UPDATED: Egypt, Saudi Arabia, Bahrain UAE, and Yemen cut ties to Qatar

Ahram Online | Reuters | AP | Monday 5 June 2017

 

(front R-L) Yemen’s President Abd-Rabbu Mansour Hadi, Palestinian President Mahmoud Abbas, Djibouti’s President Ismail Omar Guelleh, Qatari Emir Sheikh Tamim bin Hamad al-Thani, Emir of Kuwait Sabah Al-Ahmad Al-Jaber Al-Sabah, Jordan’s King Abdullah II, Saudi Arabia’s King Salman bin Abdulaziz Al Saud, Bahrain’s King Hamad bin Isa Al Khalifa, Sudan’s President Omar Al Bashir, Egypt’s President Abdel Fattah al-Sisi, and Mauritania’s President Mohamed Ould Abdel Aziz pose for a group photograph during the 28th Ordinary Summit of the Arab League at the Dead Sea, Jordan March 29, 2017. (Reuters)

 

Yemen’s internationally recognized government has cut relations with Qatar and says it supports the decision by the Saudi-led coalition to end Qatar’s participation in the war on the Houthis there.

The government of President Abed Rabbo Mansour Hadi says it severed ties with Qatar in part over is support of extremist groups in Yemen “in contradiction with the goals announced by the countries supporting the legitimate government.”

Four Arab nations, including Egypt, cut diplomatic ties to Qatar early Monday morning, further deepening a rift among Gulf Arab nations over that country’s support for Islamist groups.

Qatar had participated in the coalition since March 2015.

“The aim is clear, and it is to impose guardianship on the state. This by itself is a violation of its (Qatar’s) sovereignty as a state,” it added.

The dispute between Qatar and the Gulf’s Arab countries started over a purported hack of Qatar’s state-run news agency. It has spiraled since.

The Abu Dhabi-based airline Etihad says it is suspending flights to Qatar amid a growing diplomatic rift.

Etihad said on its website Monday its last flights “until further notice” would leave early Tuesday morning.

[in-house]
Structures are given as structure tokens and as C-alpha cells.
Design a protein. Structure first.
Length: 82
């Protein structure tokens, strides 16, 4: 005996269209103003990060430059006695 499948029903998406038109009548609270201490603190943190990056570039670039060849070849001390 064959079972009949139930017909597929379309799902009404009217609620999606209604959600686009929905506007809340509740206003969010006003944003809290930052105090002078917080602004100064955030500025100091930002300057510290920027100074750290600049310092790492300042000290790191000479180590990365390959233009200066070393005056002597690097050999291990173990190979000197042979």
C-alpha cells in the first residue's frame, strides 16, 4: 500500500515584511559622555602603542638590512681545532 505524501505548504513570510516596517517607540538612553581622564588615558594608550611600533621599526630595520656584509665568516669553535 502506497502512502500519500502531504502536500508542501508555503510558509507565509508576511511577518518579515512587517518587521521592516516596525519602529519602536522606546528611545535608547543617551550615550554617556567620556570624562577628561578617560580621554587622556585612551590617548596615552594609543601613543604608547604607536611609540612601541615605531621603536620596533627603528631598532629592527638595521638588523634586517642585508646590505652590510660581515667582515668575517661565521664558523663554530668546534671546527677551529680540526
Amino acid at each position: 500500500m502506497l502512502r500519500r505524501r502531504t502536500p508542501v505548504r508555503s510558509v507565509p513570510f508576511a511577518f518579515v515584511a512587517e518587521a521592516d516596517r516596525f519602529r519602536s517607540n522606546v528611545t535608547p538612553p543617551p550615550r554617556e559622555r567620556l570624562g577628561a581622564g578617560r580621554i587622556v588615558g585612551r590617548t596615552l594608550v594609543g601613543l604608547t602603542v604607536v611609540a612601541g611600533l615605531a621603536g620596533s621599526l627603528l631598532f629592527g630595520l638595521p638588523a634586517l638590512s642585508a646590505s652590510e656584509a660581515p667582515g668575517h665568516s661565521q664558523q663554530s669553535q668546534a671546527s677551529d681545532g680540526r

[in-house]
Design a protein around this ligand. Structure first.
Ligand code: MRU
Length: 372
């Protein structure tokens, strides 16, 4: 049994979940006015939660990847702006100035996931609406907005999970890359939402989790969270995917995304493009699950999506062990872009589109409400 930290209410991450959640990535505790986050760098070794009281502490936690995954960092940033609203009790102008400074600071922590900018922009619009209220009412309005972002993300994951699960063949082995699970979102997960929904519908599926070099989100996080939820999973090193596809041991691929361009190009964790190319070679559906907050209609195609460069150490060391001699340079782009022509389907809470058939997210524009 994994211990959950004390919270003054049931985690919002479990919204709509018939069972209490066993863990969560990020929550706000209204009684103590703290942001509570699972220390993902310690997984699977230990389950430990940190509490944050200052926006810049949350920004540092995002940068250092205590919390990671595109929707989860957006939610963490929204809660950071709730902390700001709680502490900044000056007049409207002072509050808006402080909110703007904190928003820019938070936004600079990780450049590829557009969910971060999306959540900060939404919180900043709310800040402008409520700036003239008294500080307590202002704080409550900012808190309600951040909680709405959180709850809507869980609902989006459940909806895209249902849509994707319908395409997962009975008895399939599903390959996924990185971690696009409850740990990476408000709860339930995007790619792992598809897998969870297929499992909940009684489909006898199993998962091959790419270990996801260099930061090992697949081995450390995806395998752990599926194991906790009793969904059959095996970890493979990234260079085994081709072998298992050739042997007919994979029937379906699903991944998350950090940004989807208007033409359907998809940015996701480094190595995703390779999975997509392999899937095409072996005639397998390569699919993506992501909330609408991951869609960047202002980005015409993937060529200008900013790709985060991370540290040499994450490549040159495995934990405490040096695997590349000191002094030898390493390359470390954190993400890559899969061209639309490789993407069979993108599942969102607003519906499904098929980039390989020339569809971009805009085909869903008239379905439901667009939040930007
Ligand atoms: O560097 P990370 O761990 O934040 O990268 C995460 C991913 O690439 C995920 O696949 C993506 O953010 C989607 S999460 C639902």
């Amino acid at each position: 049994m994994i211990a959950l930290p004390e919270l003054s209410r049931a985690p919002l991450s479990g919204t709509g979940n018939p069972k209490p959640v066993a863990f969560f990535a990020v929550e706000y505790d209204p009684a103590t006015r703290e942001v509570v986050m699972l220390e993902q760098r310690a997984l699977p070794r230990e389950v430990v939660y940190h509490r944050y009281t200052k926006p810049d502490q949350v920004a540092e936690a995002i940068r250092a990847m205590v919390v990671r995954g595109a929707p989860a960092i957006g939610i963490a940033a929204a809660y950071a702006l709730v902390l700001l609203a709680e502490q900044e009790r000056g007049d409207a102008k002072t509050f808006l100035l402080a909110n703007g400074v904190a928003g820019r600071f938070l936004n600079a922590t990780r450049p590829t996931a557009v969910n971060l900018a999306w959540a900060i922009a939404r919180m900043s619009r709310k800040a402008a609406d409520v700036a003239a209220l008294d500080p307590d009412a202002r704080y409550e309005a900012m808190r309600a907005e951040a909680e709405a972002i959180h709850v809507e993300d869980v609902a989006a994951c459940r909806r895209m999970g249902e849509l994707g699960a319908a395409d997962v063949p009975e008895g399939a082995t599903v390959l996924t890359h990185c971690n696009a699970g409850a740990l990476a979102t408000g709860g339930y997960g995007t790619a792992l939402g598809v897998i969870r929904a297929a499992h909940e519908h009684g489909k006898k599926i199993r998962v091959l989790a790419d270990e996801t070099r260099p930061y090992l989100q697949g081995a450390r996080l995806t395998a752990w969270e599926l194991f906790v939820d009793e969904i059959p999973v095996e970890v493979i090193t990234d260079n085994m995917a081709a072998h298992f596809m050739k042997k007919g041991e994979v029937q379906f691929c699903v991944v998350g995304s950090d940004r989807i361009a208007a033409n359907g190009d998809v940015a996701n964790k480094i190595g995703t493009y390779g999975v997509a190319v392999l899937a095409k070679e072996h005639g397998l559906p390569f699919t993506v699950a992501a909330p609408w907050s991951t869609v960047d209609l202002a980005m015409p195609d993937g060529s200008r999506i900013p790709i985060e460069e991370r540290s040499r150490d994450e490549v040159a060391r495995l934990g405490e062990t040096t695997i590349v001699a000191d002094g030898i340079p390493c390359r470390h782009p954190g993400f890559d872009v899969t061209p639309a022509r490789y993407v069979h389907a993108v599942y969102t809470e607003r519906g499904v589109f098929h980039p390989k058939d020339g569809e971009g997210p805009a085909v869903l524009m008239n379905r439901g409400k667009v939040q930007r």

Etihad gave no reason for the decision. It is the flag carrier of the United Arab Emirates.
Egypt announced the closure of its airspace and seaports for all Qatari transportation to protect its national security, the foreign ministry said in a statement.

“Qatar’s policy threatens Arab national security and sows the seeds of strife and division within Arab societies according to a deliberate plan aimed at the unity and interests of the Arab nation,” the statement read.

Egypt accused the Gulf Arab state of supporting “terrorist” organisations including the Muslim Brotherhood.

Bahrain, Egypt, Saudi Arabia and the United Arab Emirates all announced they would withdraw their diplomatic staff from Qatar, a gas-rich nation that will host the 2022 FIFA World Cup. Saudi Arabia also said Qatari troops would be pulled from the ongoing war in Yemen.

Qatar Airways said on its official website on Monday that it had suspended all flights to Saudi Arabia.Qatar is also home to the sprawling al-Udeid Air Base, which is home to the U.S. military’s Central Command and some 10,000 American troops. It wasn’t clear if the decision would affect American military operations. Central Command officials did not immediately respond to a request for comment.

Bahrain blamed Qatar’s “media incitement, support for armed terrorist activities and funding linked to Iranian groups to carry out sabotage and spreading chaos in Bahrain” for its decision. Other countries issued similar statements.

The decision comes after Qatar alleged in late May that hackers took over the site of its state-run news agency and published what it called fake comments from its ruling emir about Iran and Israel. Its Gulf Arab neighbors responded with anger, blocking Qatari-based media, including the Doha-based satellite news network Al-Jazeera.

Qatar long has faced criticism from its Arab neighbors over its support of Islamists. The chief worry among them is the Muslim Brotherhood, a Sunni Islamist political group outlawed by both Saudi Arabia and the UAE as it challenges the nations’ hereditary rule.

Gulf countries led by Saudi Arabia fell out with Qatar over its backing of then-Egyptian President Mohamed Morsi, a Brotherhood member.

In March 2014, Saudi Arabia, the United Arab Emirates and Bahrain recalled their ambassadors from Qatar over the rift.

Eight months later, they returned their ambassadors as Qatar forced some Brotherhood members to leave the country and quieted others. However, the 2014 crisis did not see a land and sea blockade as threatened now.

In the time since, Qatar repeatedly and strongly denied it funds extremist groups.

However, it remains a key financial patron of the Hamas-controlled Gaza Strip and has been the home of exiled Hamas official Khaled Mashaal since 2012.

Western officials also have accused Qatar of allowing or even encouraging funding of Sunni extremists like al-Qaida’s branch in Syria, once known as the Nusra Front.

The crisis also comes after U.S. President Donald Trump’s recent visit to Saudi Arabia for a summit with Arab leaders. Since the meeting, unrest in the region has grown.

At that Saudi conference, Trump met with Qatar’s ruling emir Sheikh Tamim bin Hamad Al Thani.

“We are friends, we’ve been friends now for a long time, haven’t we?” Trump asked at the meeting. “Our relationship is extremely good.”

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